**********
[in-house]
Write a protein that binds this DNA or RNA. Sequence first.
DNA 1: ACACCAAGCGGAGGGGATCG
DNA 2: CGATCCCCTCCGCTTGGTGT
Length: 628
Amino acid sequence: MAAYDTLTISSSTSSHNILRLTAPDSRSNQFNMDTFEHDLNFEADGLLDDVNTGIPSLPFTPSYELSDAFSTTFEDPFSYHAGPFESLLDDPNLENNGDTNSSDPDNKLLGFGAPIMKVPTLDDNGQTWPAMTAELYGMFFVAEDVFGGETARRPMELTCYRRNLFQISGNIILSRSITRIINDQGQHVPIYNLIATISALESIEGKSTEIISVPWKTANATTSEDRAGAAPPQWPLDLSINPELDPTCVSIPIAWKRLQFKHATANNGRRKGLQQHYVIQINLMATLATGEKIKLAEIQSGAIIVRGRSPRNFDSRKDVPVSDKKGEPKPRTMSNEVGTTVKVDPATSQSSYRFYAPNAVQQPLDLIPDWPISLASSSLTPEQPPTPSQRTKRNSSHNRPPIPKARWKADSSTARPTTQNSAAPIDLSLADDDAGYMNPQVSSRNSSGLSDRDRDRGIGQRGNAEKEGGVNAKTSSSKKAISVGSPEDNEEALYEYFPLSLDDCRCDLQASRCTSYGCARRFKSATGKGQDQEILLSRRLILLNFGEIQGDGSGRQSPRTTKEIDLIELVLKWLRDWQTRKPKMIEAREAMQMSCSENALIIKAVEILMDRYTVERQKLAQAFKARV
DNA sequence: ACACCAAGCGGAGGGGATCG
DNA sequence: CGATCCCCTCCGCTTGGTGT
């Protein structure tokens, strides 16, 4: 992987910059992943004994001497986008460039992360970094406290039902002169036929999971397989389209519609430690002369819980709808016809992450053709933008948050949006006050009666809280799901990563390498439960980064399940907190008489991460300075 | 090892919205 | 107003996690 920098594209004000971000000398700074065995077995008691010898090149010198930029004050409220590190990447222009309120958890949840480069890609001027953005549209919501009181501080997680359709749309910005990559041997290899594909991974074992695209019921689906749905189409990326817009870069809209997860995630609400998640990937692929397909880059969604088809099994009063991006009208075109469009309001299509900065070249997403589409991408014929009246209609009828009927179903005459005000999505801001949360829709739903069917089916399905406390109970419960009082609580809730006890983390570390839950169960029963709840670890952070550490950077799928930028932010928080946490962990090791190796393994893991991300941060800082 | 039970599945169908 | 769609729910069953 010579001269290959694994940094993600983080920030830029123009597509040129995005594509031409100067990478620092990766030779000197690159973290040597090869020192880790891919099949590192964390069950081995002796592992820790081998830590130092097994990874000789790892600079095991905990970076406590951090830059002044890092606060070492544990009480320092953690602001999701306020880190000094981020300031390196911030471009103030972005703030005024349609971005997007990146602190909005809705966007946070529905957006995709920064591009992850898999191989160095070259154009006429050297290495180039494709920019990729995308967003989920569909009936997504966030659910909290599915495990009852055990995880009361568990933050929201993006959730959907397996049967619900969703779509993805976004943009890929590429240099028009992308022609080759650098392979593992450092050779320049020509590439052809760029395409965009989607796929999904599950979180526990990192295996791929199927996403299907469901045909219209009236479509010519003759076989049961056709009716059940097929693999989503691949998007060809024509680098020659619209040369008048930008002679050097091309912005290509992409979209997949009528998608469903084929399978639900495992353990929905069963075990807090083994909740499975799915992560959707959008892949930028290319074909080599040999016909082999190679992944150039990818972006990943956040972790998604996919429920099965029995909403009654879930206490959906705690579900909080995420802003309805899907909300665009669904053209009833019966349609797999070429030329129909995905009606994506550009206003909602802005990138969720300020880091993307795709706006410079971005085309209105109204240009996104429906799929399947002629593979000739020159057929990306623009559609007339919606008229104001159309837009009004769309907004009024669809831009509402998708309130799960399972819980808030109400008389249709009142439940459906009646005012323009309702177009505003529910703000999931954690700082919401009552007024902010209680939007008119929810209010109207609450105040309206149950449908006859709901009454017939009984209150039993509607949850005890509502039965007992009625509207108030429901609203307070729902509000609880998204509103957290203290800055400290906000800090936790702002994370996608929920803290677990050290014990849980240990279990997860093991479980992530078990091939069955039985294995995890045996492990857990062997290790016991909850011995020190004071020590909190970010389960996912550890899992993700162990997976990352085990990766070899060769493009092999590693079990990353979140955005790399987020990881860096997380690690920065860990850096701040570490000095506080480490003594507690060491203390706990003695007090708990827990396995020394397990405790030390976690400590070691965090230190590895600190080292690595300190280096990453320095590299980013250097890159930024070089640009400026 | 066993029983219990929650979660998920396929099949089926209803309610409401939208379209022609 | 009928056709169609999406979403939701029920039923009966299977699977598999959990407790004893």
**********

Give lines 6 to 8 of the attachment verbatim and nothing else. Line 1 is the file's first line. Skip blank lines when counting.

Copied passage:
Amino acid sequence: MAAYDTLTISSSTSSHNILRLTAPDSRSNQFNMDTFEHDLNFEADGLLDDVNTGIPSLPFTPSYELSDAFSTTFEDPFSYHAGPFESLLDDPNLENNGDTNSSDPDNKLLGFGAPIMKVPTLDDNGQTWPAMTAELYGMFFVAEDVFGGETARRPMELTCYRRNLFQISGNIILSRSITRIINDQGQHVPIYNLIATISALESIEGKSTEIISVPWKTANATTSEDRAGAAPPQWPLDLSINPELDPTCVSIPIAWKRLQFKHATANNGRRKGLQQHYVIQINLMATLATGEKIKLAEIQSGAIIVRGRSPRNFDSRKDVPVSDKKGEPKPRTMSNEVGTTVKVDPATSQSSYRFYAPNAVQQPLDLIPDWPISLASSSLTPEQPPTPSQRTKRNSSHNRPPIPKARWKADSSTARPTTQNSAAPIDLSLADDDAGYMNPQVSSRNSSGLSDRDRDRGIGQRGNAEKEGGVNAKTSSSKKAISVGSPEDNEEALYEYFPLSLDDCRCDLQASRCTSYGCARRFKSATGKGQDQEILLSRRLILLNFGEIQGDGSGRQSPRTTKEIDLIELVLKWLRDWQTRKPKMIEAREAMQMSCSENALIIKAVEILMDRYTVERQKLAQAFKARV
DNA sequence: ACACCAAGCGGAGGGGATCG
DNA sequence: CGATCCCCTCCGCTTGGTGT